Ken Lang
Ken Lang

Glenville State criminal justice professor earns doctorate

GLENVILLE, W.Va. – Glenville State College Assistant Professor of Criminal Justice, Kenneth Lang, has joined the minority of adults with a doctorate or professional degree in the United States.

A Maryland native, Lang always had an interest in law enforcement and was hired by the Havre de Grace Police Department in 1989. After two years, he set his sights on the Baltimore County Police Department, one of the top twenty largest police agencies in the nation. Lang worked within the Baltimore County Police Department (BCoPD) for twenty-five years; fifteen of those spent in violent crime investigation. 

Lang’s time with the BCoPD led him to become a certified instructor for the Maryland Police and Correctional Training Commissions where he found his passion for teaching. He completed his master’s degree in 2013 and began working full-time at the University of Valley Forge, establishing their criminal justice program. Lang was then hired at Glenville State College where he was selected to build up the newly instituted field forensics concentration within the criminal justice program.

During this time, Lang enrolled in Walden University to pursue his doctorate in Public Policy and Administration with a criminal justice concentration. He began his dissertation, Valuation for Ex-Offender Motivations for Participation in Restorative Justice Praxis, in February 2017.

“After my police retirement, I learned about and developed a high curiosity for the concept of restorative justice. I have found that it is a complicated concept, but thought that it might be connected to my curiosity with offenders who repeatedly reoffended and have disconnected themselves from their family, friends, and society as a whole,” said Lang. “Studies have indicated how restorative justice has a positive impact on offenders, helps to reduce recidivism rates, and brings about higher satisfaction rates with victims, offenders, and community members.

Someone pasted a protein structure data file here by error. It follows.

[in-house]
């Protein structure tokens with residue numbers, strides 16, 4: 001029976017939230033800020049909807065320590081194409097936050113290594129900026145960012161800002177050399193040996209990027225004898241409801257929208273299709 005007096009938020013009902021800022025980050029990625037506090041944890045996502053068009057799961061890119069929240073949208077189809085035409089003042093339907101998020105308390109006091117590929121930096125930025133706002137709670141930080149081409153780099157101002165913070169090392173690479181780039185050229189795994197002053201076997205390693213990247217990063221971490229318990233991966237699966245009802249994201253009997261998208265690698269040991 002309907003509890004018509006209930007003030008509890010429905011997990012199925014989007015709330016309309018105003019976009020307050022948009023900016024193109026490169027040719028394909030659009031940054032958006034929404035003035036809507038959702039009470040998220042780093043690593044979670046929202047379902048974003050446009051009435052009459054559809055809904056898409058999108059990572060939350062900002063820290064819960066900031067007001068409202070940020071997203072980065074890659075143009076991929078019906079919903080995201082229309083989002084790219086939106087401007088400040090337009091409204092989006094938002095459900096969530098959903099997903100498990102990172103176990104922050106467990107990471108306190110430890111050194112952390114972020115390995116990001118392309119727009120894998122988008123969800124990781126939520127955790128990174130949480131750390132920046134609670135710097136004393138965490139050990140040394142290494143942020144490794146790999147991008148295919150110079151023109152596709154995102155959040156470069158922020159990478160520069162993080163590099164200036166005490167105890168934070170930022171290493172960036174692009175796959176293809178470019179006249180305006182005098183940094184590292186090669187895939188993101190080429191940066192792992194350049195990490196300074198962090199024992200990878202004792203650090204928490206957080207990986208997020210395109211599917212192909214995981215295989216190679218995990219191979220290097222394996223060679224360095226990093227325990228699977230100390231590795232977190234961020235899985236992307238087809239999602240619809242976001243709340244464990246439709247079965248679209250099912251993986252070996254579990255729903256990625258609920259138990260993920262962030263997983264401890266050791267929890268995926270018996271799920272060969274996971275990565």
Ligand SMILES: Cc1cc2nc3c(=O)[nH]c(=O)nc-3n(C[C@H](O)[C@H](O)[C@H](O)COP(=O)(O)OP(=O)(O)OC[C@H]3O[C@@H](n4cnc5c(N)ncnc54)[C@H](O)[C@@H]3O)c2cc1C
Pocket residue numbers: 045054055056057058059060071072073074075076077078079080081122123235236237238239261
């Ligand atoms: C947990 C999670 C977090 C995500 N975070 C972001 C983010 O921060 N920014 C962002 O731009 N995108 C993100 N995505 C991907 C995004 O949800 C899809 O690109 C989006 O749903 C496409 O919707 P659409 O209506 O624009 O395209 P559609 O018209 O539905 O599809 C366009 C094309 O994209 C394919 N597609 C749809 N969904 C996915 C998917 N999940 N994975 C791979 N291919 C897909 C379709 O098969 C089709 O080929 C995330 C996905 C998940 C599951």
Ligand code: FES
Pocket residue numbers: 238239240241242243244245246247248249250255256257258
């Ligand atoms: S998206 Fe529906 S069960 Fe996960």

“I frequently refer to these concepts during classroom instruction and remind students that the overall goal of the criminal justice system is to keep offenders from re-offending and to help them become productive members of our society.”

Lang encourages all students to finish their college education.

“Once I completed my Bachelor of Science in Criminal Justice Administration I was invited to local colleges and universities in the Baltimore metropolitan area and featured as a guest lecturer. When I finished my Masters of Science in Criminal Justice Administration more doors of opportunity availed themselves to me. Some of these opportunities have included working with major television networks on new proposed shows. It is important to continually push yourself to gain wisdom, knowledge, and discernment as these characteristics will lead to opportunities that will change your life and positively impact many others,” said Lang. 

Lang has published a series of true crime books that recount his experiences as a homicide detective including Walking Among the Dead: True Stories from a Homicide DetectiveStanding in Death’s Shadow: More True Stories from a Homicide Detective, and Death Comes Uninvited. He also appeared on the “Dollars & Sense” episode of Forensic Files where his investigation of a Baltimore County murder was featured.

Lang has been named one of Columbia Southern University’s top 25 alumni and will also be presenting at the National Association of Community and Restorative Justice Conference in Denver, Colorado this June.

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